The Henderson County and Daviess County Public Libraries recently launched a new portal at www.ePublishOrBust.com with the goal of helping potential writers make the leap to self-published authors.
These two public libraries in western Kentucky certainly aren't the first public library to extend a helping hand to authors, or more specifically self-published authors, but they could be the first to combine forces and expand their efforts beyond their own websites.
"We don't publish the books for them," Henderson library Director Essy Day told The Gleaner. "We provide the resources to help them do it themselves. It's like a one-stop website that gives you tools and resources, and we also have a calendar where they can book a date at a library to come and promote their work."
ePublishOrBust is still in beta, and resources are still being added, but when it formally launches it will include links to and discussion of tools and services authors might use to publish their book. The site also has a calendar of events at the 2 libraries where authors can learn more about how to finish their book.
The calendar is still sparsely populated, but the ePublishOrBust organizers expect other libraries join in the network. "We're the first libraries in Kentucky to do it, but we're hoping to branch out and have other libraries come on board," Day said, noting the nearby Bowling Green Public Library will probably be the next participating library system.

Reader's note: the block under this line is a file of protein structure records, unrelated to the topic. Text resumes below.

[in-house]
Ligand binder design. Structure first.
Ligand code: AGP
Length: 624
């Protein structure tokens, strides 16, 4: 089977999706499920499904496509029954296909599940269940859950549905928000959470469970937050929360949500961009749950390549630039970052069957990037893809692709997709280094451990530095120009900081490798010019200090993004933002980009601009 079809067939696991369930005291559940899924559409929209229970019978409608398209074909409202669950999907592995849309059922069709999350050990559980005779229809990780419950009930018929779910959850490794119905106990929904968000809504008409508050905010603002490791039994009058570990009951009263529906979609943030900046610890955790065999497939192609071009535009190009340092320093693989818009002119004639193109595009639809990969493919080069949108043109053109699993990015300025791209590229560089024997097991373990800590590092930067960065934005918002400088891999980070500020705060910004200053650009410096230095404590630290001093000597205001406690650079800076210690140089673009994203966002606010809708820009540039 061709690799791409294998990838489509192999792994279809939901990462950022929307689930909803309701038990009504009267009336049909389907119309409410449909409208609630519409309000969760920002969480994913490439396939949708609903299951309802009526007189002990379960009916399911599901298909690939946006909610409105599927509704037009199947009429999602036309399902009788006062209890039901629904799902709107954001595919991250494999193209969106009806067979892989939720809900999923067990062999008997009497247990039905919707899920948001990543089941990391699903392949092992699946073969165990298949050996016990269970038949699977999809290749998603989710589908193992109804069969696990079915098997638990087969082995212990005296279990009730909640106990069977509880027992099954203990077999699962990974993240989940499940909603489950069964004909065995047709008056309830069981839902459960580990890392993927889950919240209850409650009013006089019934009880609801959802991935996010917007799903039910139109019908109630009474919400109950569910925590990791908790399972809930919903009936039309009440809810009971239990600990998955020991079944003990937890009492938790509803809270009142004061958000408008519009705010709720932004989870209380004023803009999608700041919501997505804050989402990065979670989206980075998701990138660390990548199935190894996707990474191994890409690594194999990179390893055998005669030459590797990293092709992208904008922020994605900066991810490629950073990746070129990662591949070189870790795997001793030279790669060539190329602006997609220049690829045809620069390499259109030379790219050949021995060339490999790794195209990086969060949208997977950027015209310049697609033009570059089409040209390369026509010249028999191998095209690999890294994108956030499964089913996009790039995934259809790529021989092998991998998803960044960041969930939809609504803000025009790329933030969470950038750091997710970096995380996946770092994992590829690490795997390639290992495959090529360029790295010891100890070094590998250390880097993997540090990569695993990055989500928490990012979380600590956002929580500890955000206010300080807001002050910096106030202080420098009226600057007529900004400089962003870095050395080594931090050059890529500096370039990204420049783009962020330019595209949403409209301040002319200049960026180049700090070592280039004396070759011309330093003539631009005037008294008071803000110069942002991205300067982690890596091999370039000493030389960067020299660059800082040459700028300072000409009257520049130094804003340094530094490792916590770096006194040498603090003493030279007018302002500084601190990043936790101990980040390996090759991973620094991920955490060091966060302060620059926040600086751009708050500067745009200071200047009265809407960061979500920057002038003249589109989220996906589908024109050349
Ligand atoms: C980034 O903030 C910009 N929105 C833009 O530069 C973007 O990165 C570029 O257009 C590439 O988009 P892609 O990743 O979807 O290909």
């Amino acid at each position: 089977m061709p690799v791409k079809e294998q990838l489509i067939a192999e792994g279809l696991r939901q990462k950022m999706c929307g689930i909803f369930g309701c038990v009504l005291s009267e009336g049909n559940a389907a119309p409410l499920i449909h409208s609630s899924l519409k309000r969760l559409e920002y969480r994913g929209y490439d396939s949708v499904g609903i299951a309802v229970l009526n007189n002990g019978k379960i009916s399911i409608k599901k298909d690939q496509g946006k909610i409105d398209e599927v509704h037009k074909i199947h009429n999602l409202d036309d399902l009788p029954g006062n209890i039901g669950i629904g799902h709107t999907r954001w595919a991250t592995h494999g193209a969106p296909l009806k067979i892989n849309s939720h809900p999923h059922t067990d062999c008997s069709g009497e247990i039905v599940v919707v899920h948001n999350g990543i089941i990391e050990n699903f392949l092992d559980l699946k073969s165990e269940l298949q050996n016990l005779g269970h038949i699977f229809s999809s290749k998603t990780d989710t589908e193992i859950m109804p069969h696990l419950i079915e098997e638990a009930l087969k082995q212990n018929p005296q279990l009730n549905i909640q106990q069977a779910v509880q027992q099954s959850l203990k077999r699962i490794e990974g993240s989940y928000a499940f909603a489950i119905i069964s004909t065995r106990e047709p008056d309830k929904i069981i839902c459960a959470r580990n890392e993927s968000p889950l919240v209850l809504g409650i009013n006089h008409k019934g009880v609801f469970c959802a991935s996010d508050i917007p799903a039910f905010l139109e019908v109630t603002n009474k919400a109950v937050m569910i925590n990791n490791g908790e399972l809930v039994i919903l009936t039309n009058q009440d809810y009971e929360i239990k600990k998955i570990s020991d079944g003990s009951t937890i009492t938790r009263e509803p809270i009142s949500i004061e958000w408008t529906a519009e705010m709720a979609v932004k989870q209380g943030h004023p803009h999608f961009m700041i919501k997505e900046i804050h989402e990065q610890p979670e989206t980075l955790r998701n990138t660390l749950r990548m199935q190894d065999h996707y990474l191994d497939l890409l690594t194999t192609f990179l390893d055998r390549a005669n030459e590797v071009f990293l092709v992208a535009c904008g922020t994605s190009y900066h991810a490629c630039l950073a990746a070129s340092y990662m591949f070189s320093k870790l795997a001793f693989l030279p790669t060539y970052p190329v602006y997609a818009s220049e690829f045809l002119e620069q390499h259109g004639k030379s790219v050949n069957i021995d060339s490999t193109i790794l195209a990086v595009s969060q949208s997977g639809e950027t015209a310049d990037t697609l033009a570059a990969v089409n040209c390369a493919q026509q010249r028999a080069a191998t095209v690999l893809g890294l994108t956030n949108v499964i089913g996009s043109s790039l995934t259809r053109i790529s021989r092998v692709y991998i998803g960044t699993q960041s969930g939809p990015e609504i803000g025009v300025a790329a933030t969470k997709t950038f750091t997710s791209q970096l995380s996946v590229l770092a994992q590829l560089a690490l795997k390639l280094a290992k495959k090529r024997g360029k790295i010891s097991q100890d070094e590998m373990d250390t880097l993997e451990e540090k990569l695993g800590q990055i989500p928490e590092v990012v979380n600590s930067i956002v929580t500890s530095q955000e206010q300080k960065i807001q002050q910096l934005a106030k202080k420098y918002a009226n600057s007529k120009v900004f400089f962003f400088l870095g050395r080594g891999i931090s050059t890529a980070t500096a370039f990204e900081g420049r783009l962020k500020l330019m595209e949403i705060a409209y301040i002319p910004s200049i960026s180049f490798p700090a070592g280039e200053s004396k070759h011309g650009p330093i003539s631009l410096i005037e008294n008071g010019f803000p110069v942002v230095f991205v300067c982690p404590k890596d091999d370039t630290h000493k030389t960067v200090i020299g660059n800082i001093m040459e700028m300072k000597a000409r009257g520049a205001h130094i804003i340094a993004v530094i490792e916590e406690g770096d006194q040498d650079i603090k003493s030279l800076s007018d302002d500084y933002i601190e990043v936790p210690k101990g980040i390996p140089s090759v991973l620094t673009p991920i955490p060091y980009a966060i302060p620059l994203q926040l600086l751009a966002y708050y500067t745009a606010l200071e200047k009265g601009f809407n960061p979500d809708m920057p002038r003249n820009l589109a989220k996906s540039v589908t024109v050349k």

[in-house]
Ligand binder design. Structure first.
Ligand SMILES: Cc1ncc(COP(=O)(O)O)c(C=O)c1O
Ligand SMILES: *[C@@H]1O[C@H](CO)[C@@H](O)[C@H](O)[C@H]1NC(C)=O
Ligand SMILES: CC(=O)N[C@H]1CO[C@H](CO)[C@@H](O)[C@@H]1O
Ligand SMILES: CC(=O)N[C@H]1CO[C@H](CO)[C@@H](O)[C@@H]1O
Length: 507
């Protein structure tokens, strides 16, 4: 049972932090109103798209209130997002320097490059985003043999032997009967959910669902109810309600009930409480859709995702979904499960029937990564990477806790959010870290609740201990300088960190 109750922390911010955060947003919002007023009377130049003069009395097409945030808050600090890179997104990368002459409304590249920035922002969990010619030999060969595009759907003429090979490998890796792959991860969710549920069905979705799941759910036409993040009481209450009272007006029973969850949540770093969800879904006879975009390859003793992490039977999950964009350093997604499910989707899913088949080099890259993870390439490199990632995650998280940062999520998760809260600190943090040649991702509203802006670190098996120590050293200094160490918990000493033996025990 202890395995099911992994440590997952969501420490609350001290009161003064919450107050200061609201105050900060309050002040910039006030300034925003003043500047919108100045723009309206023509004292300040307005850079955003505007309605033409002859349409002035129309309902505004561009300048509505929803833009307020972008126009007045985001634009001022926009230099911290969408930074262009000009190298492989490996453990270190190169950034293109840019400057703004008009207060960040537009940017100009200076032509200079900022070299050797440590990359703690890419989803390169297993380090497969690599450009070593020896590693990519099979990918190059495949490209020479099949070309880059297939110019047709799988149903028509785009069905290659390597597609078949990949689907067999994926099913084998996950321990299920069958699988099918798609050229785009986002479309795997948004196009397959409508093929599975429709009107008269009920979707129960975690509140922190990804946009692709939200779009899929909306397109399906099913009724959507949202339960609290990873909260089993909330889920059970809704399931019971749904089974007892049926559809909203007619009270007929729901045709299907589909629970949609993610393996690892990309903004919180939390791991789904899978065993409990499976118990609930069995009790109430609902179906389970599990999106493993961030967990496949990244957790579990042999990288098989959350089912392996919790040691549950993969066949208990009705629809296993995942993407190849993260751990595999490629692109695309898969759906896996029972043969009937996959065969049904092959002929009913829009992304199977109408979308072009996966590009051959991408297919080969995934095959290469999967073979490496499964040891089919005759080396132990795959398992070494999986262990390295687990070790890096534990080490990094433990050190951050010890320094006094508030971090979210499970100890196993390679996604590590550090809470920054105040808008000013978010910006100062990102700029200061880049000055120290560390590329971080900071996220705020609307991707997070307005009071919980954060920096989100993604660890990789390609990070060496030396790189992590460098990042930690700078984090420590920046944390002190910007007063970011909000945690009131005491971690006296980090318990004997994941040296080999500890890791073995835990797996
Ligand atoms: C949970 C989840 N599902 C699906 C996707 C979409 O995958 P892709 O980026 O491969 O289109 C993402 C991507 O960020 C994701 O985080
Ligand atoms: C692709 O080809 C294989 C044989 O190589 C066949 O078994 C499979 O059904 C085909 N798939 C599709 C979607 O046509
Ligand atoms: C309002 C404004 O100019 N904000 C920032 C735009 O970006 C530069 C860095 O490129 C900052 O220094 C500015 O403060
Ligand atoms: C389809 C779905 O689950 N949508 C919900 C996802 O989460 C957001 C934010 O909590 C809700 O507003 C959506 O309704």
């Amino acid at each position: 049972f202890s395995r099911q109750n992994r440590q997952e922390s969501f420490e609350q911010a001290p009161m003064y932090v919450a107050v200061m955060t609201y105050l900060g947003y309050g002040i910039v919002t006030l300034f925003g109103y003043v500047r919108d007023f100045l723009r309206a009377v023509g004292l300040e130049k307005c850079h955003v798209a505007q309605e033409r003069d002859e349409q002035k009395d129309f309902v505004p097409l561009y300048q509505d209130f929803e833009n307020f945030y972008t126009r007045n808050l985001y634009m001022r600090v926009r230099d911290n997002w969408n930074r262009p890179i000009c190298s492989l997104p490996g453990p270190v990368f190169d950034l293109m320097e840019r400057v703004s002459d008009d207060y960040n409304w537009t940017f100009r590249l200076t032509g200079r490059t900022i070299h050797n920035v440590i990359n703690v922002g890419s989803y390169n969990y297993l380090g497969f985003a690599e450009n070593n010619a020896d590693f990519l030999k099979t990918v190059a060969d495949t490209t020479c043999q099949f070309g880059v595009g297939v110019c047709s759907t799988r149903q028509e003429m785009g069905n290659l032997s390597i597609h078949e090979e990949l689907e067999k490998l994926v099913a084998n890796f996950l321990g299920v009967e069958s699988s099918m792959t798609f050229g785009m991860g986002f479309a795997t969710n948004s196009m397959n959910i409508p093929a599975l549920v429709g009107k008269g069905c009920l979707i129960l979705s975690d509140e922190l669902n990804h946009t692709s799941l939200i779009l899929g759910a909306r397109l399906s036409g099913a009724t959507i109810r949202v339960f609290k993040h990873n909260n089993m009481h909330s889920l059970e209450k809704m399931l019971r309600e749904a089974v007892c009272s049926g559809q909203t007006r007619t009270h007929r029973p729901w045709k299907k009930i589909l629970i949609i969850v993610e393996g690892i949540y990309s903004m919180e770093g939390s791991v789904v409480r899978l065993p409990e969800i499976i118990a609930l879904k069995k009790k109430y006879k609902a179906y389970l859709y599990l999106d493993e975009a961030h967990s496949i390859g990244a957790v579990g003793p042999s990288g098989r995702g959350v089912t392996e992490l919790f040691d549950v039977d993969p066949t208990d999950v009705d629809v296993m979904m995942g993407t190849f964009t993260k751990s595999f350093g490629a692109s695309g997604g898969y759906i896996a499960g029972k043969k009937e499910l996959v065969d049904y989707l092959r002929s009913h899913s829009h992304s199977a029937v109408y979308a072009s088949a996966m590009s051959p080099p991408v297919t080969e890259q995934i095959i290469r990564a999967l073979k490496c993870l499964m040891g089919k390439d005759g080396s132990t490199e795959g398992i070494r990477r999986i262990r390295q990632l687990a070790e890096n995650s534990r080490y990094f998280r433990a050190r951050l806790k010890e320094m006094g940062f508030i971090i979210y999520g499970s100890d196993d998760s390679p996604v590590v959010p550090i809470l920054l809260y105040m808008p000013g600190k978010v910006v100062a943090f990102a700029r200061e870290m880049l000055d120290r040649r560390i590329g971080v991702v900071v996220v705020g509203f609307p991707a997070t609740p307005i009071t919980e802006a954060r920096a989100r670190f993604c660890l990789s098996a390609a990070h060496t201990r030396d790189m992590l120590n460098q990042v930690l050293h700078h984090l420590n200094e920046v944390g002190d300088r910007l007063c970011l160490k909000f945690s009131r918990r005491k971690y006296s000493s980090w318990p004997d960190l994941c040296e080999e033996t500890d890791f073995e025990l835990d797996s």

Far from being a warehouse for books, a growing number of libraries are taking an active role in promoting self-publishing. This includes the Seattle Public Library, which recently launched a writing contest in partnership with Smashwords. Hartford County Public Library, which is located in Maryland, offers workshops and even hosts a writing conference. Others, like Loudoun County Public Library, have installed an Espresso Book Machine and invite local writers to have their works printed.
All of these libraries are tapping into the native creative talent which has gone in the pre-internet era. According to the Greenfield Daily Reporter, community services librarian Mallory Majors said that western Kentucky "is thriving artistically and creatively.: She added: "I'm really glad we can get in on the ground floor of it. Because this is such a rich area for all kinds of art."
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